2011 Technology Hiring Prediction: Attrition Inevitable

As a technical recruiting company, it’s critical to stay on top of IT staffing trends. In addition to frequently researching data published by the U.S. Department of Labor’s Bureau of Labor Statistics, Dice Holdings’ annual salary survey , and other credible sources of labor statistics, we also like see what some of the large firms in our space are finding through surveys of their own. Recently, we obtained a copy Robert Half’s 2011 Salary Guide for IT. While Robert Half is best known in the technology recruiting arena for temporary staffing, some of their findings align with what we are seeing in the direct hire marketplace. Notably, over half of the CIOs polled by Robert Half admit that it’s challenging for their companies to find skilled IT professionals. Even more interesting is the statistic pertaining to the probable transiency of IT workers in the coming quarters. Nearly 40% of the respondents (over 1400 employed technology professionals) claim that they are inclined to look for new opportunities as the economy improves.

Get ready for some attrition.

While we may never again see the astronomical attrition rates that characterized the employment scene during the inflation of the Dot-com bubble, it is inevitable that companies will lose valuable employees as current market conditions continue to improve.  There’s already evidence that large technology employers in the Valley are trying to counteract the flight of valuable tech pros.  Several of the big tech players, many of which were previously dismissive of attrition, are starting to battle back by counter offering at risk employees with higher salaries, new projects and promotions. Smart companies are realizing that the demand for talent has increased in the past couple of months and that it’s less expensive to keep a high performing employee than to find a new person and to wait for them to get productive.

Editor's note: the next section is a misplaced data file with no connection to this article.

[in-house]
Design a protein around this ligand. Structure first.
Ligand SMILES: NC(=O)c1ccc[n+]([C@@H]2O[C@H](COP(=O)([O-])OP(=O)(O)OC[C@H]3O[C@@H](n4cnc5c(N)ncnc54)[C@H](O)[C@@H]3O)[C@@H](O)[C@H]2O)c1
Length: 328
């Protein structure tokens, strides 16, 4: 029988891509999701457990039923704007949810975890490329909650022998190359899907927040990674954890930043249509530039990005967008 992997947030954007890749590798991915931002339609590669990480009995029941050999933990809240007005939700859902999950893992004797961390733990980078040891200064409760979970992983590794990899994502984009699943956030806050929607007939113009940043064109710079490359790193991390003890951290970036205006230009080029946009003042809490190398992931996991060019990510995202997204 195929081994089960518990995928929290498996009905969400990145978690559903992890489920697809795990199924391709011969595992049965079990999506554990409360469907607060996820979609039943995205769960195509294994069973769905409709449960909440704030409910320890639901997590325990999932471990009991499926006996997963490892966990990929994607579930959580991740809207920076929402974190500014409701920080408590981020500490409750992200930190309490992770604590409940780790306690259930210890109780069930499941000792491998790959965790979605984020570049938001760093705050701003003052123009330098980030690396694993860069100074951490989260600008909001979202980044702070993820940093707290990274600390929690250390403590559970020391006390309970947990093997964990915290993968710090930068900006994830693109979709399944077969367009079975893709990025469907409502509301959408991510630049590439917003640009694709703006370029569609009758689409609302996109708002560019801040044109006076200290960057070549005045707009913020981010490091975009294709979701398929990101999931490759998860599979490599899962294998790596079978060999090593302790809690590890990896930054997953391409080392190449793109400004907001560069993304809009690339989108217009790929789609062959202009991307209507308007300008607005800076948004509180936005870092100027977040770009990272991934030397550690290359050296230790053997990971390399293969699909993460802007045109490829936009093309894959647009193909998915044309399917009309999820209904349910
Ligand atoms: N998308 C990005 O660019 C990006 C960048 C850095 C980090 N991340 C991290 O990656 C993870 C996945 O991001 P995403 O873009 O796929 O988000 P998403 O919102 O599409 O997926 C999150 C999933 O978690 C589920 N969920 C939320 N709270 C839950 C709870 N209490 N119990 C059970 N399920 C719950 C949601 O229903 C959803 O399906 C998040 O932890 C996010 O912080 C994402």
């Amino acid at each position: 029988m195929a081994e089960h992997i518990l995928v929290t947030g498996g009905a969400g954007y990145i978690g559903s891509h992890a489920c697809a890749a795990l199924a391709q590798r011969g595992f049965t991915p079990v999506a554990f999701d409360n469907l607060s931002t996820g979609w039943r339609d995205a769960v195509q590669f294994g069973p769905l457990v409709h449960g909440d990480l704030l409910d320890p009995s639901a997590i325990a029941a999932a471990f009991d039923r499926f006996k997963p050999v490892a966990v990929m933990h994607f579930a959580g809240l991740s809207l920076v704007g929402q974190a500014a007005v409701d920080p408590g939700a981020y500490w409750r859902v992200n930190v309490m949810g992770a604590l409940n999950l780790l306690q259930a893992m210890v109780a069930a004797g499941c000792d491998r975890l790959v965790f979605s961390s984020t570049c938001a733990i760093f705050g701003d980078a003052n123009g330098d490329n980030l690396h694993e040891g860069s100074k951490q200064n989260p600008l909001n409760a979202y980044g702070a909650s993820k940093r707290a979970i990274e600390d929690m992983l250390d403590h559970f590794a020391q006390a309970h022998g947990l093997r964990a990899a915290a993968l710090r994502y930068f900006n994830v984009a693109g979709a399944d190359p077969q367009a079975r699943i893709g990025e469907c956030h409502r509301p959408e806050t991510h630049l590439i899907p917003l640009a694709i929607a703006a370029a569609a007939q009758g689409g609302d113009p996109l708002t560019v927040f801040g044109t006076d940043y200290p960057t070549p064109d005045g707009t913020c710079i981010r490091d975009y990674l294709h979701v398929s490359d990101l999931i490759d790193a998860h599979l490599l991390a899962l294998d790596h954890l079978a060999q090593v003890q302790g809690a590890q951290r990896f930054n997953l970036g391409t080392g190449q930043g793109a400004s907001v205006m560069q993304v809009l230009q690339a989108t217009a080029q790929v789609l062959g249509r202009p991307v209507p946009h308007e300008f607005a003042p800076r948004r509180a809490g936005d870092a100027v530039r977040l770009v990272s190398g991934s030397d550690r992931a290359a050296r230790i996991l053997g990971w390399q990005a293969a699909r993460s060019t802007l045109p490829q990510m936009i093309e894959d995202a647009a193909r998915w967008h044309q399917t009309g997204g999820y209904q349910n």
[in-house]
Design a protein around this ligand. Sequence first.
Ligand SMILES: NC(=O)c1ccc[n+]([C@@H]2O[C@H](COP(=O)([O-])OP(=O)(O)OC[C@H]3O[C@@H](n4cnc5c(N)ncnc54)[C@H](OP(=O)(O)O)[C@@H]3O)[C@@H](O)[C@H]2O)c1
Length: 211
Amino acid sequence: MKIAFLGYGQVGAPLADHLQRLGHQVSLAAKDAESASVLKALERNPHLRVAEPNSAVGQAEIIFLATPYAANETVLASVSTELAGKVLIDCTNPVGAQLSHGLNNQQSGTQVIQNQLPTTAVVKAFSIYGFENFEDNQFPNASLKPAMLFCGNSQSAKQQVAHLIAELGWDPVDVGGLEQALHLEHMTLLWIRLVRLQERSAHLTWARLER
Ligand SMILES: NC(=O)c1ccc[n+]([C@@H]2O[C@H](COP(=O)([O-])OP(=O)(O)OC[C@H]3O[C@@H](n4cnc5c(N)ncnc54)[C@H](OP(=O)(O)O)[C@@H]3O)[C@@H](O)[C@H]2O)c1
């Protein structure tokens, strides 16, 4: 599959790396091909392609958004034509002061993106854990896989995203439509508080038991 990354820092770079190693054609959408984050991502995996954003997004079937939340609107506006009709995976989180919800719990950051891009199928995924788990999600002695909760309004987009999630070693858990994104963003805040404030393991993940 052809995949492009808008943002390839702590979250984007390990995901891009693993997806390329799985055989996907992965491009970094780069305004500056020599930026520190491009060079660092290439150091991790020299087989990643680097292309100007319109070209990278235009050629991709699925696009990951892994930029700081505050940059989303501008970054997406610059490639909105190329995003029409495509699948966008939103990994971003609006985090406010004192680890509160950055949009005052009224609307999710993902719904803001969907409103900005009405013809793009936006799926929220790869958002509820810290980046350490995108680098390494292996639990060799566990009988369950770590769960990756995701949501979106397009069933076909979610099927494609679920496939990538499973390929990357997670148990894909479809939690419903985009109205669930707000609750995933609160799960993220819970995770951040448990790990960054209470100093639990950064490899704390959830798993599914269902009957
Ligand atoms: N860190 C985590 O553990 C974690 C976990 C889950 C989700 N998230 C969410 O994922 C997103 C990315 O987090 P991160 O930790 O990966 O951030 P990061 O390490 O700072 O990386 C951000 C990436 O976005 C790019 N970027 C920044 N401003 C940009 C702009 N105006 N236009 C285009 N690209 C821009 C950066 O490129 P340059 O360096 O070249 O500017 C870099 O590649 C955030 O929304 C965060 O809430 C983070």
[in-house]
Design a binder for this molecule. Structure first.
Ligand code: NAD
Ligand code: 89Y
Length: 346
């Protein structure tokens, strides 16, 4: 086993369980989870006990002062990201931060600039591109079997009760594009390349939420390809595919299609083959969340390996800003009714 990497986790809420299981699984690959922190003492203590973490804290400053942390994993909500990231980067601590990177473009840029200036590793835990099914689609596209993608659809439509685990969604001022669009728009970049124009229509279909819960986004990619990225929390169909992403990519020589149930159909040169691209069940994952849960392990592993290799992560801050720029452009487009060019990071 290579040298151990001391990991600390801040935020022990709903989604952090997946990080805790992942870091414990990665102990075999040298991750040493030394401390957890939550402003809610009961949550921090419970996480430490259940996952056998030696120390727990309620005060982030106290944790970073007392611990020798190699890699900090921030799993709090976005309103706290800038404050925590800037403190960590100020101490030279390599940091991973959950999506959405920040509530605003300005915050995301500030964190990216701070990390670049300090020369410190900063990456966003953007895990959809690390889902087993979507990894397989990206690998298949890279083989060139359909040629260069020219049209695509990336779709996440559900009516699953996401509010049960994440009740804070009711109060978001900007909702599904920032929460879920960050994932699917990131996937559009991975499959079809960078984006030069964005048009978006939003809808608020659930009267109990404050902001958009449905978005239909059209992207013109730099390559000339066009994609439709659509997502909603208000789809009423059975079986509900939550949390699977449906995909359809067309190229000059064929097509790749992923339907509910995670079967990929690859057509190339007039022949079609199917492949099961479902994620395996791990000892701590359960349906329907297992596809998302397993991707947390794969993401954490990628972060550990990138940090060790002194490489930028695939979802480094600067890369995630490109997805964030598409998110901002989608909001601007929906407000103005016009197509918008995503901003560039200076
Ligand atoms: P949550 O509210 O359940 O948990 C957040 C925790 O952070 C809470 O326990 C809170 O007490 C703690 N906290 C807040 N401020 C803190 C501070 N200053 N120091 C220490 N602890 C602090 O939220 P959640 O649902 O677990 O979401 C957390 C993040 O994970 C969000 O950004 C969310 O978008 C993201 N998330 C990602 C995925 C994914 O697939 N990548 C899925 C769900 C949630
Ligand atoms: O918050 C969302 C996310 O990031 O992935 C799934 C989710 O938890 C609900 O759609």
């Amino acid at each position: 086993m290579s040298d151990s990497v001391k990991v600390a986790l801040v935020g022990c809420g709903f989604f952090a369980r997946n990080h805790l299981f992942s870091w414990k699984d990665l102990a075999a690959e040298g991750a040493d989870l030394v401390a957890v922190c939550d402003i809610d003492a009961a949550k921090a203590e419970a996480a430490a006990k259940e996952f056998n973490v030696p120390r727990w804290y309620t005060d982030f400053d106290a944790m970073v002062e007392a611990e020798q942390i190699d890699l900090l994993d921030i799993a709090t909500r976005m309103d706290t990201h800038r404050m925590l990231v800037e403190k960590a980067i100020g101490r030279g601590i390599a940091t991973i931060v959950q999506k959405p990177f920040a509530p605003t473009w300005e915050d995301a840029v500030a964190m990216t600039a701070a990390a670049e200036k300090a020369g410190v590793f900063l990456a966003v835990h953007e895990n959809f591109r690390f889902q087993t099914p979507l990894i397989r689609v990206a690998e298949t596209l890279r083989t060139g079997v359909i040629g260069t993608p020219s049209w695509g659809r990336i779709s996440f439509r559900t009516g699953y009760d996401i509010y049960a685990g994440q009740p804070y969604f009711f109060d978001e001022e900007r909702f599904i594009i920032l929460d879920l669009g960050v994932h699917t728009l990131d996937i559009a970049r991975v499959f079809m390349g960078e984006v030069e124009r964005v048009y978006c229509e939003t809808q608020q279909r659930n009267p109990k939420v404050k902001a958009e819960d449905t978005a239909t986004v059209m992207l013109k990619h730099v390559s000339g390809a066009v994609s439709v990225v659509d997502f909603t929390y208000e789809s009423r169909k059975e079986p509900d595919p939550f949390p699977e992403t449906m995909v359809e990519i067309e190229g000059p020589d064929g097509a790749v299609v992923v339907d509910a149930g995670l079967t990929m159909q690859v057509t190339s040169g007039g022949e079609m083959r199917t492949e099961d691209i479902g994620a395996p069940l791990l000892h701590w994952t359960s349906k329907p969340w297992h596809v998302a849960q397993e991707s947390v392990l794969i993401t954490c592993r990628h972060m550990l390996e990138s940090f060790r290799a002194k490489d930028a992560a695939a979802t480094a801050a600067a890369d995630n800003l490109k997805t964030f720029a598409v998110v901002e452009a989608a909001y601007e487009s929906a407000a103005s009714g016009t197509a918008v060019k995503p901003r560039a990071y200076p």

Startups need to be the most vigilant.

Sure, free drinks, Nerf wars, game lounges and weekly sponsored lunches are nice but professional techies won’t settle for free Odwalla, dim sum, and Wii alone (as tempting as it may sound). Moreover, the promise of a huge liquidity event is more of a pipedream than ever. Tech professionals are going to look for new opportunities in 2011 at a higher rate for the first time in 3 years. Many startup companies, especially those stuck in the ‘90’s, that think that everyone should just naturally want to work long hours on mediocre projects for low pay and average benefits are going to have to channel their entrepreneurial creativity to find ways to motivate and inspire valuable employees to join and to stay engaged.   Oxygen bar? Just kidding. That’s never worked.

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